February 25, 2009
3 min read
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Doesn’t anyone examine patients anymore?

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I recently went to see a hospital patient signed out to me by another doctor. I was told that the patient, a 77-year-old woman, was admitted by her internist for weakness and weight loss. My hematology-oncology group practice was consulted because she had been treated sometime in the past with radiation therapy, as primary treatment for localized lung cancer.

While reviewing her chart, I noted that a bone scan showed uptake at the left sixth costochondral junction and that radiographs of this area showed sclerosis of the bone. I thought that I might be able to feel this on examination. Sure enough, there was a mass measuring about 3 cm in diameter at that very spot. The rest of her chest exam was also remarkable. Her breasts seemed to be misshapen, and, on palpation, it was obvious that she had saline implants.

Arthur Topilow, MD, FACP
Arthur Topilow

Her sternum had a distinctly abnormal shape, as well. It had been eroded in the past by an infection postcardiac surgery. The skin over the sternum was horizontally taut at the sites of sutures placed at the time of her infection.

On returning to the chart, I found that the medical resident and five consultants had seen the patient, and not one had mentioned any abnormality of the chest wall. It turned out that the patient did not have the implants related to any cancer treatment, but at age 50, after five children, she had cosmetic breast surgery. In fact, I discovered that her nurse knew all about this prior surgery. I wrote my consultation and drew a picture of what I saw. I thought that an aspiration of the mass might enable us to define whether the patient had metastatic disease.

Later that day the patient’s attending physician saw me in the hallway. “I saw your note. You did this to me when I was a resident, and it got me in trouble,” she said. “What do you mean?” I asked. “You found something on physical examination that I had not, and my instructors gave me a hard time about it,” was her reply. We talked it over and agreed that the mass should be aspirated for diagnosis; however, the patient and her family refused the procedure, so I never found out if my interpretation of the findings was valid.

A pattern emerges

That same day, I saw a patient whose legs were so edematous that I thought they might start to weep edema fluid. The chart said, “Extremities; no edema.” The previous week I saw another patient whose hepatomegaly was at least six finger breaths below the right costal margin, yet several examiners had missed it. “Did you feel that huge liver?” I asked the attending. He obviously had not. “No I didn’t, but so what, I got a CT scan,” he replied.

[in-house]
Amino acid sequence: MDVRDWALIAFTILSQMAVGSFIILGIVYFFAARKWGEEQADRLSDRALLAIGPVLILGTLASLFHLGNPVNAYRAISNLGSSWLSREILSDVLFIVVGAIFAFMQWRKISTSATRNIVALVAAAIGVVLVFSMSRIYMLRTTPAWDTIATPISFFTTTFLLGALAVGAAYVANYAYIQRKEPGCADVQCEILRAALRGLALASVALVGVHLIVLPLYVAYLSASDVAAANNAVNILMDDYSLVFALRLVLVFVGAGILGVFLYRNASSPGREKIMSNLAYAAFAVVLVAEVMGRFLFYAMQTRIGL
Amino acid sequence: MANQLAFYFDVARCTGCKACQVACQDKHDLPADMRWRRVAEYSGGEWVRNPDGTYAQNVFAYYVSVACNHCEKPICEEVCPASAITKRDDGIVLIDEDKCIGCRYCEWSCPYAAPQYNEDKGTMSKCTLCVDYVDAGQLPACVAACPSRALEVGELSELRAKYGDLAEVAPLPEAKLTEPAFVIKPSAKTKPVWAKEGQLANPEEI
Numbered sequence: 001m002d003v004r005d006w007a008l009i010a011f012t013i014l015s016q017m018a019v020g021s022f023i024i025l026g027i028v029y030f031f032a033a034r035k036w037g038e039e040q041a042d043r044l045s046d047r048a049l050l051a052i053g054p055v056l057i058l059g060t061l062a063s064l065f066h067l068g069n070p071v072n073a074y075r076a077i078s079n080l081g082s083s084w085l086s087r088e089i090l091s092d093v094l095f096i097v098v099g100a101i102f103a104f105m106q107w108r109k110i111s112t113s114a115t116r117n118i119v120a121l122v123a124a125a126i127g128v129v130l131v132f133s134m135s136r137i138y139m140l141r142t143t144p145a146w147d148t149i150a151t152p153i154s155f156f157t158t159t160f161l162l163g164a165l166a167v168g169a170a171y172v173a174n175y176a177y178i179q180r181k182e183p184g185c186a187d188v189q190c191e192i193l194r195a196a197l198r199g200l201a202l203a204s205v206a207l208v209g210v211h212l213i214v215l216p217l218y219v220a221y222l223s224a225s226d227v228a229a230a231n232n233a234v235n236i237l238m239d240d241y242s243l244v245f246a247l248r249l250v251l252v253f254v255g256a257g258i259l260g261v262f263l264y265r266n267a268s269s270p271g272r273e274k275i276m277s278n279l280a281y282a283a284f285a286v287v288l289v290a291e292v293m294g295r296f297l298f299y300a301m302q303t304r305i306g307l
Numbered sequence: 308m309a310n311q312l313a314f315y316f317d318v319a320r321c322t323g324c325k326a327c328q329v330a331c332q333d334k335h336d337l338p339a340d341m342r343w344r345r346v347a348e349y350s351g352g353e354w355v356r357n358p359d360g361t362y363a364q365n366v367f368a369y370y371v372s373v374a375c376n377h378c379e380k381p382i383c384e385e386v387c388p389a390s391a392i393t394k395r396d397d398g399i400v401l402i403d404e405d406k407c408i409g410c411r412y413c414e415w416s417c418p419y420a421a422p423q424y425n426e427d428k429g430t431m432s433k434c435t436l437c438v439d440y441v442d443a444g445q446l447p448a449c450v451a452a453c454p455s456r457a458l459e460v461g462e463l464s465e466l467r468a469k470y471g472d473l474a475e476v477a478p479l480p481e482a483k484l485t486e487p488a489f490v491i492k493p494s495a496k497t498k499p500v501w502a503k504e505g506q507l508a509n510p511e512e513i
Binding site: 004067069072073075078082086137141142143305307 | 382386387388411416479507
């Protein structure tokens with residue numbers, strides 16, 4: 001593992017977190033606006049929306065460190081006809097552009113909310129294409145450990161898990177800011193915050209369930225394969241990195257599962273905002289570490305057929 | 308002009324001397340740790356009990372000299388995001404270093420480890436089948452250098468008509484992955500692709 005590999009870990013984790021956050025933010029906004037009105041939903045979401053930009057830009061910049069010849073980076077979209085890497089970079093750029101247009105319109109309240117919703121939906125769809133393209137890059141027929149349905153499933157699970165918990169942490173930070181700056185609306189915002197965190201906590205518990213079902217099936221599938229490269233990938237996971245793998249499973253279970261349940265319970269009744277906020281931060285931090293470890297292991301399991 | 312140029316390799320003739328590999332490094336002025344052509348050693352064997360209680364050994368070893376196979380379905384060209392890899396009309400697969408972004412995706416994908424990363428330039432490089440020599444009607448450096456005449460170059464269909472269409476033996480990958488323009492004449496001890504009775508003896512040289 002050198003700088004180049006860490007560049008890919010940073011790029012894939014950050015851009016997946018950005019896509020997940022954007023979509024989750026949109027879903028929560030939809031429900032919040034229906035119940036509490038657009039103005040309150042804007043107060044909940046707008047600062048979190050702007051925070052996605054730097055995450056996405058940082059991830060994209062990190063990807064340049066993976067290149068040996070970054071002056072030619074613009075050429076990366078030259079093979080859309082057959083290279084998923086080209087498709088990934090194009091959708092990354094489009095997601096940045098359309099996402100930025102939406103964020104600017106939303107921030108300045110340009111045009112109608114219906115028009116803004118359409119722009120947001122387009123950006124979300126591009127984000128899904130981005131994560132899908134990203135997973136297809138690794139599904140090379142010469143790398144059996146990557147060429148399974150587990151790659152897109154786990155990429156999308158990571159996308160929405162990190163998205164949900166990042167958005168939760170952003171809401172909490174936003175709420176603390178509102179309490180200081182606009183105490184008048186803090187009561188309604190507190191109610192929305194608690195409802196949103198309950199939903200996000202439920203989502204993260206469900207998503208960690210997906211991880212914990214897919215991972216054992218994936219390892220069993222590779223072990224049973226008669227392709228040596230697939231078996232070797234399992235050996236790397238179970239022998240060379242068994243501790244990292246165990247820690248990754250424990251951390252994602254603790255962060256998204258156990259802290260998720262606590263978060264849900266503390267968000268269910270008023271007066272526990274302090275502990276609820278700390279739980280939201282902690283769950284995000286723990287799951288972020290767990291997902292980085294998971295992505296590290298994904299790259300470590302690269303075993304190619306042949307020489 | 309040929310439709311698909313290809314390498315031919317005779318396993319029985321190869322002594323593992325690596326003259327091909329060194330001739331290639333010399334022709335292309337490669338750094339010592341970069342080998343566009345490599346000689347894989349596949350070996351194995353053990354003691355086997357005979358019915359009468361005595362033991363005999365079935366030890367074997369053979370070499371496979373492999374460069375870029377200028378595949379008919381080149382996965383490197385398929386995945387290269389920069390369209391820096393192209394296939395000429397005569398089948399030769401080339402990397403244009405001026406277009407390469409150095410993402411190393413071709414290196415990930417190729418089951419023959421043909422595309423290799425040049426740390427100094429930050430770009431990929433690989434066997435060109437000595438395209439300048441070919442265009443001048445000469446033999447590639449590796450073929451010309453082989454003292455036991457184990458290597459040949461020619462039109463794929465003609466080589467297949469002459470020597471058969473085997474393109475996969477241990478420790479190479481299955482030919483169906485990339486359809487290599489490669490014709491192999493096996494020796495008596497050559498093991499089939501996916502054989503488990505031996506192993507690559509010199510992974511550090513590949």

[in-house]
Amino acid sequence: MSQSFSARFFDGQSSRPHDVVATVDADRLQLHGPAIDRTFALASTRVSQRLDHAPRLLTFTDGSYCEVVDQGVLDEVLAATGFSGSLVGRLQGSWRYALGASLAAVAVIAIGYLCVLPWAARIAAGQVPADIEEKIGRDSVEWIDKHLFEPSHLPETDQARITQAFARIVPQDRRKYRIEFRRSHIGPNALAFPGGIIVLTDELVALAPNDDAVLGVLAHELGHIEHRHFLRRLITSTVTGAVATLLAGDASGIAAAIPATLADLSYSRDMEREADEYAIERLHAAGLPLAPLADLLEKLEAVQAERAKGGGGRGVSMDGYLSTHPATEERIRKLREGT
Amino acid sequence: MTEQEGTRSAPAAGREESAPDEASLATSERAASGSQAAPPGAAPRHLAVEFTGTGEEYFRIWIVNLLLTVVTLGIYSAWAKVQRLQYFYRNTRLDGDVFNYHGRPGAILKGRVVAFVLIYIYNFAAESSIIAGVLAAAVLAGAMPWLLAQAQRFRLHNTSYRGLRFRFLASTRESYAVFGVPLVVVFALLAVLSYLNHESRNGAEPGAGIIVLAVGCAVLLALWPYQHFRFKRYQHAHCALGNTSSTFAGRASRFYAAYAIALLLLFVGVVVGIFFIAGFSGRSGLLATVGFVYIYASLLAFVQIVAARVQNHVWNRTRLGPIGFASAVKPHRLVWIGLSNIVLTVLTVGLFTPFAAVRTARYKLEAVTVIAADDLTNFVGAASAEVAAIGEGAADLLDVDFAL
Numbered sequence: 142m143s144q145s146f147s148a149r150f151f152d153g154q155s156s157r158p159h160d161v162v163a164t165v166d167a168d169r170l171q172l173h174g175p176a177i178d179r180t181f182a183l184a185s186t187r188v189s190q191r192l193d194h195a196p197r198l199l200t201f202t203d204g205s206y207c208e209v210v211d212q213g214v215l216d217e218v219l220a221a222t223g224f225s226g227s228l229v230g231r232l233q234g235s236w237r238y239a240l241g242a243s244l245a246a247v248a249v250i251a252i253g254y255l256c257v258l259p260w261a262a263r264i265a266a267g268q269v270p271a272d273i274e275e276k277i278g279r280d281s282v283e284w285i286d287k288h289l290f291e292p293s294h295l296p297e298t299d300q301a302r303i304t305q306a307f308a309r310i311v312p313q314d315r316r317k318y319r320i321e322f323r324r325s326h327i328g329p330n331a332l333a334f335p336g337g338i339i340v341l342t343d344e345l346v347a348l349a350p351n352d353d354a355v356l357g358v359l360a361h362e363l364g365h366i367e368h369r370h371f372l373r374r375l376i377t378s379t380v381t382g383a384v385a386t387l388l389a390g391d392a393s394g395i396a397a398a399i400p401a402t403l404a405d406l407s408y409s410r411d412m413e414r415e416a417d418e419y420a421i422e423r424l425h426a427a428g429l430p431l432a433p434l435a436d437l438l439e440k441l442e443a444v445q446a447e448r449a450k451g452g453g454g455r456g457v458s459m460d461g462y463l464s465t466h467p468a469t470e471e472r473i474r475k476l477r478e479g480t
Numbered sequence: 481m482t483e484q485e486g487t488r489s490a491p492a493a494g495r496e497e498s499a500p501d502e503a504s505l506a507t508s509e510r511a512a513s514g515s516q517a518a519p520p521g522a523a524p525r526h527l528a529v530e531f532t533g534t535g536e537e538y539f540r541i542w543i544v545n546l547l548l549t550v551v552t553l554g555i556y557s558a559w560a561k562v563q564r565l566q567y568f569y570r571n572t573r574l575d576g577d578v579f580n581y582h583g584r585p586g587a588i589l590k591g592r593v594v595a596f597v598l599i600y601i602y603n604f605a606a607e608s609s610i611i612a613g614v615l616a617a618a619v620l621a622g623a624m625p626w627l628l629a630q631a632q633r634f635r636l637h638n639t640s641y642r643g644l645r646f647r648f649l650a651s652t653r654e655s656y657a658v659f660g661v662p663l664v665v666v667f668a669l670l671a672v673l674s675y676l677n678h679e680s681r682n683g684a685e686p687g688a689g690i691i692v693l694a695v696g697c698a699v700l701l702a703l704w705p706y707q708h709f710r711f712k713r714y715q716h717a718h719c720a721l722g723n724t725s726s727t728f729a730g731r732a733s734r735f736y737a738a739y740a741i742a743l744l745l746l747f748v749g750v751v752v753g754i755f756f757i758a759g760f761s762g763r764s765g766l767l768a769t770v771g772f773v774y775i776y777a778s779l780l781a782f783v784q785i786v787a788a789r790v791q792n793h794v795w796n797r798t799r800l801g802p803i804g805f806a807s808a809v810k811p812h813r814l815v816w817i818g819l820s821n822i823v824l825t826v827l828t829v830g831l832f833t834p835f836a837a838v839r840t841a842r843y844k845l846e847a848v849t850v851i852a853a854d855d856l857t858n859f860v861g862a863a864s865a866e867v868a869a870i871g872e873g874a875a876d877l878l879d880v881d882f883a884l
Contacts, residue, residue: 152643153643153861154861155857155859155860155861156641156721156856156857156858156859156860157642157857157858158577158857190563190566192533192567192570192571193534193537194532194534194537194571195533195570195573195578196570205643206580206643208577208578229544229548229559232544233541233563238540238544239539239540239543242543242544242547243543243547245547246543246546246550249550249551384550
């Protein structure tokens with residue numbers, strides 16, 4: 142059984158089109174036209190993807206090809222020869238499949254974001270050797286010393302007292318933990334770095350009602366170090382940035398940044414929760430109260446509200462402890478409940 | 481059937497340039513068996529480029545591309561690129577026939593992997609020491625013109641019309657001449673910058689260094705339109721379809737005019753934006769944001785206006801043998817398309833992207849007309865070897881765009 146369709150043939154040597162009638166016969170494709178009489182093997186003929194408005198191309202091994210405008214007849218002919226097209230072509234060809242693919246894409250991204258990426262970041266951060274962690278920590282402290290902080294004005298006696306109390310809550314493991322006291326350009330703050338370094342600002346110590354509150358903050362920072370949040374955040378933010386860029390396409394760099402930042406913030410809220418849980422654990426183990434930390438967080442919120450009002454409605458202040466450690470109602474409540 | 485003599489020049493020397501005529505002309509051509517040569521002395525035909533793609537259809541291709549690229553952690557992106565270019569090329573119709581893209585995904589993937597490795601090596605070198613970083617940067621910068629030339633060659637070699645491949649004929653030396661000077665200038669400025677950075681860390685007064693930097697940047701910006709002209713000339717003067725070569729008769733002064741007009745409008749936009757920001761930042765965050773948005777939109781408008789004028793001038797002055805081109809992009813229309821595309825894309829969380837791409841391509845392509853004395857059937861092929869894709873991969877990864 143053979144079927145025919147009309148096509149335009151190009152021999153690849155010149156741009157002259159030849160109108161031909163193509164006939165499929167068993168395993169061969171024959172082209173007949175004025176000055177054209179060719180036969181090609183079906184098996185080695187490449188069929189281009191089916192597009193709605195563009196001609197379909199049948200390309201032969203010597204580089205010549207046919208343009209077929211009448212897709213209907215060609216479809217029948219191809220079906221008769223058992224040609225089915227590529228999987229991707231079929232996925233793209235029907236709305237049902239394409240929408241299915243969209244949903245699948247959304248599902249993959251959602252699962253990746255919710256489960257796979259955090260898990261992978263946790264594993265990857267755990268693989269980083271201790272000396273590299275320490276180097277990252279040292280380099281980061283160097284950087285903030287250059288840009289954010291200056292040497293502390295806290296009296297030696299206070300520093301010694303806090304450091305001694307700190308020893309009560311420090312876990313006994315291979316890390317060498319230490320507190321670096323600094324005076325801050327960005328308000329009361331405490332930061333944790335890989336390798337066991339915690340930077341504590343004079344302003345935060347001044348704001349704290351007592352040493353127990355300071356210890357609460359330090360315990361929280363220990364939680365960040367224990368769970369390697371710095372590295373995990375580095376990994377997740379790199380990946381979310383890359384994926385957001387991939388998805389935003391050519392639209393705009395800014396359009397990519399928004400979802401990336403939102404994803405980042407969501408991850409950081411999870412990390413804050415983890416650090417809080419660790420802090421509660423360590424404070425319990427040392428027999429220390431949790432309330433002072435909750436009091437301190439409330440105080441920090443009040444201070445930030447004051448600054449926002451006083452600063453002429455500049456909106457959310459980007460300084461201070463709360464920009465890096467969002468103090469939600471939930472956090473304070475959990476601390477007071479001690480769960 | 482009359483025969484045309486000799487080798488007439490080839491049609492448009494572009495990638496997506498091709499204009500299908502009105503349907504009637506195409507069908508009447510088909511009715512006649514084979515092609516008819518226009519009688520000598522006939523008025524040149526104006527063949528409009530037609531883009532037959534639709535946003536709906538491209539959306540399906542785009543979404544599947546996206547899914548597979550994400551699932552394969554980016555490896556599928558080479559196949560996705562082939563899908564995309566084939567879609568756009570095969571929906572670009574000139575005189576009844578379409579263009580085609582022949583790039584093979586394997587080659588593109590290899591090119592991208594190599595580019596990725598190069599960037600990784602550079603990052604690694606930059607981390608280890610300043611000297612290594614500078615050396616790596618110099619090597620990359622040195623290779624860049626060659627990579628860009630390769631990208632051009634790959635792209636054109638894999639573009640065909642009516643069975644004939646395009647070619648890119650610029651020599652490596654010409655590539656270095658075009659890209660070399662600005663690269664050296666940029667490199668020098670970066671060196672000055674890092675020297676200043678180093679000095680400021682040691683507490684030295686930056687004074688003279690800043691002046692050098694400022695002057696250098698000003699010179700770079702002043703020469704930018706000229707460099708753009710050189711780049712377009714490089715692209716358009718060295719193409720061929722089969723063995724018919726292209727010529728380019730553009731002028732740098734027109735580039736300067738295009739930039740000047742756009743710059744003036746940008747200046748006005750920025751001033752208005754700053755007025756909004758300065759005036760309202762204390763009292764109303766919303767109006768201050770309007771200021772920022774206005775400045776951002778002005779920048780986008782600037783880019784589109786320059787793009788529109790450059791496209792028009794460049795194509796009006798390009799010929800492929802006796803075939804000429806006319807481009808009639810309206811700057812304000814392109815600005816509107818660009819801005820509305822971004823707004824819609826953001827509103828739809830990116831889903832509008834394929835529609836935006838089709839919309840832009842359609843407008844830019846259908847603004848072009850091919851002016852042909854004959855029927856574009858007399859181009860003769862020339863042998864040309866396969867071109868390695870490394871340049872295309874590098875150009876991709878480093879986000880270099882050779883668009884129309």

What is it about physical examinations that doctors are no longer interested in them? As internists, what could be more important? Physical findings often yield essential bits of information that allow the physician to focus his or her workup on what is the most likely etiology of the patient’s problem. Going online, I found two electronic sites where the topic of inadequate physical exams was discussed. The first, a “Forum for Discussion,” had 352 physicians lamenting and being angered by the fact that they or their patients did not have physical exams as part of their physician visits. At another electronic medical journal website, the authors wrote:

“It has long been said that physicians order an increasing number of tests because we are practicing ‘defensive’ medicine in an increasingly litigious environment. But, it is also likely that physicians order so many tests because we have lost confidence in our abilities to extract meaningful information from the physical examination. In particular, physicians seem to lack the confidence to say that an examination of a certain body part is normal, and no further testing is needed. … Despite a growing body of literature questioning the value of the routine examination, this aspect of the physician-patient encounter is clearly valued by the patient. In one study, 90% of patients expected their blood pressure to be measured and their heart, lungs, abdomen and reflexes be examined. Even if routine examination may not be essential to actual patient care, we believe the skilled examination is critical to the development of the physician-patient relationship. Done well, it earns trust, patient confidence and perhaps increasing patient compliance.”

Well said. I couldn’t agree more.

Arthur Topilow, MD, is in private practice at Atlantic Hematology & Oncology in Manasquan, N.J.

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